User comments for London (Meaning / History Only)

Meaning: Fortress of the Moon.
Hybridicalz  11/12/2015
London does NOT mean 'fortress of the moon' in Latin!

And for those who compare Paris to London as a name - Paris is an Ancient Greek name which predates the city by centuries.

The various New World cities which are also used as names (Augusta, Sydney etc etc) were NAMED AFTER PEOPLE! They were names that had centuries of traditional usage on actual human beings before they were used on settlements!
― Anonymous User  11/28/2016
The name London means fortress of the moon.
Stackpole7  5/26/2010
The city name London is, as commented above, derived from the Roman name Londinium and if I remember correctly, it was sacked by Boudicca in AD 61. Londinium is where linguists hit issues, however. One theory I read is that it is derived from a British Celtic word Lugdunum, a reference to the Celtic god Lugh. I'm not a linguist, but this seems the most likely theory to me.
― Anonymous User  4/1/2009
First of all, sorry but "Londonna" is the most singularly ugly name I've come across in a while. It sounds fake, pretentious and ugly and, no, it couldn't be a 'feminine' version of London? Why? Because London is a PLACE! The whole suggestion is a joke. And the name is hideous. It looks like it should be said 'Londoner'. Is that a joke or what?

Second of all, there is no fixed etymology for London, and most suggestions are rather boring and not at all fancy. So don't go around saying London means 'Starry palace of luuuuuurve' because that's a bit fluffy, fancy and has never been established. It -could- mean, however;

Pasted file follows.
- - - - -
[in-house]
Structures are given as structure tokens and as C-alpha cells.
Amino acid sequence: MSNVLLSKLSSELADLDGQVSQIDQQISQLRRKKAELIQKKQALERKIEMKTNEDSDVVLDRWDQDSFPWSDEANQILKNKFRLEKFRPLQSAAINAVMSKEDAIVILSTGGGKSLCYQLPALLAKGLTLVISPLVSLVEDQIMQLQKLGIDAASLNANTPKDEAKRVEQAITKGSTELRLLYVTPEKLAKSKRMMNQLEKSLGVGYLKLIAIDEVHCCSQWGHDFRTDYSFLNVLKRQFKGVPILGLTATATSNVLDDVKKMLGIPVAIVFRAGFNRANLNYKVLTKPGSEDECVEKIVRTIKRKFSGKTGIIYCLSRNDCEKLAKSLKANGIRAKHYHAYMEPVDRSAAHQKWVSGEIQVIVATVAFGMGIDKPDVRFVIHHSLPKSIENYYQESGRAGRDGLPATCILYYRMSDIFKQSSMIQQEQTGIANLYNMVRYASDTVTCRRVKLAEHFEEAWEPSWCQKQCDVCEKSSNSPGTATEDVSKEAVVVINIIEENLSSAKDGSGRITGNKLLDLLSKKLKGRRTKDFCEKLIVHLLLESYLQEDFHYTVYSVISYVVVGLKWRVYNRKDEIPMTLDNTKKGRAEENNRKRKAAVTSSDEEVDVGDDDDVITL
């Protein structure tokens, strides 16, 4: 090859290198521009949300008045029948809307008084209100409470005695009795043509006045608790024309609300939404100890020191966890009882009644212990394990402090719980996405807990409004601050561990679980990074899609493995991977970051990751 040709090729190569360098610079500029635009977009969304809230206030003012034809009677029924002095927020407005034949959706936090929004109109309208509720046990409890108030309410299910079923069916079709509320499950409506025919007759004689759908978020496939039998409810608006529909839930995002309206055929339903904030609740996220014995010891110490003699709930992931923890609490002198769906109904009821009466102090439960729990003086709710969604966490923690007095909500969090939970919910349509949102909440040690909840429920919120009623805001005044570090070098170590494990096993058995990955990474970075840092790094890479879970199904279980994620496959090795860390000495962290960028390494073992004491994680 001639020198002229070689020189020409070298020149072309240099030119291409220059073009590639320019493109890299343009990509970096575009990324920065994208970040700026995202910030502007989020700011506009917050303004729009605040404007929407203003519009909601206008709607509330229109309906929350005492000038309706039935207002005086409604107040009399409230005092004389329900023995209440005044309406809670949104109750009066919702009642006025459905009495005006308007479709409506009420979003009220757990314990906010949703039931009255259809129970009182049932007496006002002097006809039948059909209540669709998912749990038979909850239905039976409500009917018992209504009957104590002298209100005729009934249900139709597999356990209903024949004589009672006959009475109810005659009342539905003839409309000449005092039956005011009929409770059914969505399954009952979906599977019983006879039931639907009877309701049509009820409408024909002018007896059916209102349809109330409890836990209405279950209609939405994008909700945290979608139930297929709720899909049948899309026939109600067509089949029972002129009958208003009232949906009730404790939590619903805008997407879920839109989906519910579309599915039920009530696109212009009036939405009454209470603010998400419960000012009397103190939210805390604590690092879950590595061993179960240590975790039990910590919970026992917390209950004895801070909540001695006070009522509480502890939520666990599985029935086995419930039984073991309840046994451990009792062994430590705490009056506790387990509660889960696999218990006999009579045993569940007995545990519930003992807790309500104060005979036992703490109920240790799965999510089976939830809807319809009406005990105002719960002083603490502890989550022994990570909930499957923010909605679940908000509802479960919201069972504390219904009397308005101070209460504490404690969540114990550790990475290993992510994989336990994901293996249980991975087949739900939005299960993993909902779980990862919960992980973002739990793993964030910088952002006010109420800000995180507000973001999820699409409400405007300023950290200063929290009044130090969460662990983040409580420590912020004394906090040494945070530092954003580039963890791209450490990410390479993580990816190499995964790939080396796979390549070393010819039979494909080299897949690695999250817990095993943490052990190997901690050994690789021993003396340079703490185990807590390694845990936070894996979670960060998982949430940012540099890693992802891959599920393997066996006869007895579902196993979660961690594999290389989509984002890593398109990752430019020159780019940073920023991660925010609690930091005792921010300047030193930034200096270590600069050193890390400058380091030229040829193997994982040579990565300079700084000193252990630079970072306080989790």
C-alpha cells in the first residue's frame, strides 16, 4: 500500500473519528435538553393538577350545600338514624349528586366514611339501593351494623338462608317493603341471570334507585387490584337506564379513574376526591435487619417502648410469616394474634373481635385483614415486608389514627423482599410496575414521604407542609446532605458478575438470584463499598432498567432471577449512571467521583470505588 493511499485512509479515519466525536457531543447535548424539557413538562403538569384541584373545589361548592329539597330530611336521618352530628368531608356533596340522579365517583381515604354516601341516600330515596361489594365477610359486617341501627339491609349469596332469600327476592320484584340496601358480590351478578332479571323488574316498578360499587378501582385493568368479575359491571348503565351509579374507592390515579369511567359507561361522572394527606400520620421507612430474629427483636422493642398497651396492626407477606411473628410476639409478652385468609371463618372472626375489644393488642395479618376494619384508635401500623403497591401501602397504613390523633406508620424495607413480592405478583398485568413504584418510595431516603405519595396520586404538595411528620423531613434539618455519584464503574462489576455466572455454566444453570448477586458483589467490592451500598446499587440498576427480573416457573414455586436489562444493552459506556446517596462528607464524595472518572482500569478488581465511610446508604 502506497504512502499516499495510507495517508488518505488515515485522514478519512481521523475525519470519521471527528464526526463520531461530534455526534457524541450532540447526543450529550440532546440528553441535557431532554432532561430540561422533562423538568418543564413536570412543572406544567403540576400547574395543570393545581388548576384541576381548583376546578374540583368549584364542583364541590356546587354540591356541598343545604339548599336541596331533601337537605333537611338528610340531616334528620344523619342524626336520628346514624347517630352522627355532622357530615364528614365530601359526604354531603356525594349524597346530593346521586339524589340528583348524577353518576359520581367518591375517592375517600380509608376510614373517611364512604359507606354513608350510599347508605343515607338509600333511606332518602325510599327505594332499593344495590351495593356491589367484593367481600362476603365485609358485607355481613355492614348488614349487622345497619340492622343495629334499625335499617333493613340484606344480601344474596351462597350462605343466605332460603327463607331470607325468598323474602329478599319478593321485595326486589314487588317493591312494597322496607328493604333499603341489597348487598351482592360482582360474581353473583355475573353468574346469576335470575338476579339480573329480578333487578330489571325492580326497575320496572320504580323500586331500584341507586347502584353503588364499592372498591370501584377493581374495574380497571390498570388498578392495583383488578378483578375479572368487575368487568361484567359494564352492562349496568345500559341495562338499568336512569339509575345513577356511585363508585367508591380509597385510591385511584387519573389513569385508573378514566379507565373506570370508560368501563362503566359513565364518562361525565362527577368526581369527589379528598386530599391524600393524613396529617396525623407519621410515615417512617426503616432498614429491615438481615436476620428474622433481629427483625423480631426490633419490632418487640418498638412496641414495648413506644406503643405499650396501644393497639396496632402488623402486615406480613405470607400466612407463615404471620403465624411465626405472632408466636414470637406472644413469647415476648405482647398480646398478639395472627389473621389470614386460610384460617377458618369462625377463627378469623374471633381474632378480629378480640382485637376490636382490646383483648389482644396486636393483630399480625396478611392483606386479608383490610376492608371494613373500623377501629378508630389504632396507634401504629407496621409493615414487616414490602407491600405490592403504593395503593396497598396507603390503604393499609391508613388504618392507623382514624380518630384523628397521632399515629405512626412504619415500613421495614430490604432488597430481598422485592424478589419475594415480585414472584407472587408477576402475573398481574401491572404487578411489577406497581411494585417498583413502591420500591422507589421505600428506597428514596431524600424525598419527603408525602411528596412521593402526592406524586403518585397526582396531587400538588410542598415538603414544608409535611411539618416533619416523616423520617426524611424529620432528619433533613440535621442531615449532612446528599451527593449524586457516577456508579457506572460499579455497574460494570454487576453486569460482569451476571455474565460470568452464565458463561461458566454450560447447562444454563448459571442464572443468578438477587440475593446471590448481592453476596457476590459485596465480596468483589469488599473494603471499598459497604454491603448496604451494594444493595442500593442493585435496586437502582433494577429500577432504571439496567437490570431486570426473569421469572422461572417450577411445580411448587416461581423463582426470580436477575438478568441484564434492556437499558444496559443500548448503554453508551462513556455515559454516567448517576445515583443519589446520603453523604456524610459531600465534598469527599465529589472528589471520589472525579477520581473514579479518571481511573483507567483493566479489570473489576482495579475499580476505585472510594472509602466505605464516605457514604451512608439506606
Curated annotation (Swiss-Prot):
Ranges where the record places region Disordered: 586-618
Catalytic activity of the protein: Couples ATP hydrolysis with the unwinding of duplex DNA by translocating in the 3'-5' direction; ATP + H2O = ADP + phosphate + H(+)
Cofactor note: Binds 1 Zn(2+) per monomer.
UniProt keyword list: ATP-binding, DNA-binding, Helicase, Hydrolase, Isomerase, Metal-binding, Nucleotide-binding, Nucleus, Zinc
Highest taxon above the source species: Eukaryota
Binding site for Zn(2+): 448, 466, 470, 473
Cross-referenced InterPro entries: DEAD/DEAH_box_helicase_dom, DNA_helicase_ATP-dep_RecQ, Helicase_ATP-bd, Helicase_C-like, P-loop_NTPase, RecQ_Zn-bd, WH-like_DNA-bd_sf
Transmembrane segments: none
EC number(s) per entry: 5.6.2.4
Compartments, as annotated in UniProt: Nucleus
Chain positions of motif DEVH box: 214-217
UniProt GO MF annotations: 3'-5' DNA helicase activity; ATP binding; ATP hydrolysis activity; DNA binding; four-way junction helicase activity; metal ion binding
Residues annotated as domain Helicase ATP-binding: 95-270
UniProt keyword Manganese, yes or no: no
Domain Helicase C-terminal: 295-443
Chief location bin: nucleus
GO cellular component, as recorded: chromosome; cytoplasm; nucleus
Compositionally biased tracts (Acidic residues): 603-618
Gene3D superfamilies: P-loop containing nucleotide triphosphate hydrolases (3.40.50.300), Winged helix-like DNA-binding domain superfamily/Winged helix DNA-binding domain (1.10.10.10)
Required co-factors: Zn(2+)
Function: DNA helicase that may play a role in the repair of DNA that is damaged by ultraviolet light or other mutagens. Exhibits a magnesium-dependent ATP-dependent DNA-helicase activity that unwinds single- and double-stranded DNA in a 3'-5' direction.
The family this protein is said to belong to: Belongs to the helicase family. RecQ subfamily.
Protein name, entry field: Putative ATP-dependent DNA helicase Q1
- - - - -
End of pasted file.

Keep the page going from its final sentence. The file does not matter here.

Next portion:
* 'City in the Grove', coming from the Brythonic 'lhwn', meaning grove, and the suffix 'town' which eventually became London.
* the classic suggestion that the city was captured by King Lud, who insisted that it be renamed Kaerlud in his honour, which was slurred into Karelundein and then eventually London. This is probably myth, however.
* 'Valley city', coming from the phrase 'Glynn din'
* coming from 'Luna din', meaning 'moon fortress', although this is unlikely, rather fluffy and a bit sci-fi sounding (you can imagine tour guides with spock ears dressed in silver foil on the moon going 'this is the historic city of luna-dan' or 'wa-shing-ton') or 'Llong din', meaning 'ship fortress'
* it has been suggested that it originates from 'Luandun' or 'Lan/Llan Dian', meaning 'Temple of Diana', but this has been absolutely trashed by countless critics and never justified
* another suggestion is that it comes from 'Llyn Dain', meaning 'Pool of the Thames'
* and some very complicated linguistic explanations state that it could also mean 'boat river', 'swimming river', 'mud', 'marsh', 'lake fort' or names borrowed from European cities. Previous suggestions that it means 'Londino's fortress' or such have been criticised.
― Anonymous User  2/17/2008
"London" is Latin for "fortress of the moon".
PVega  8/27/2005

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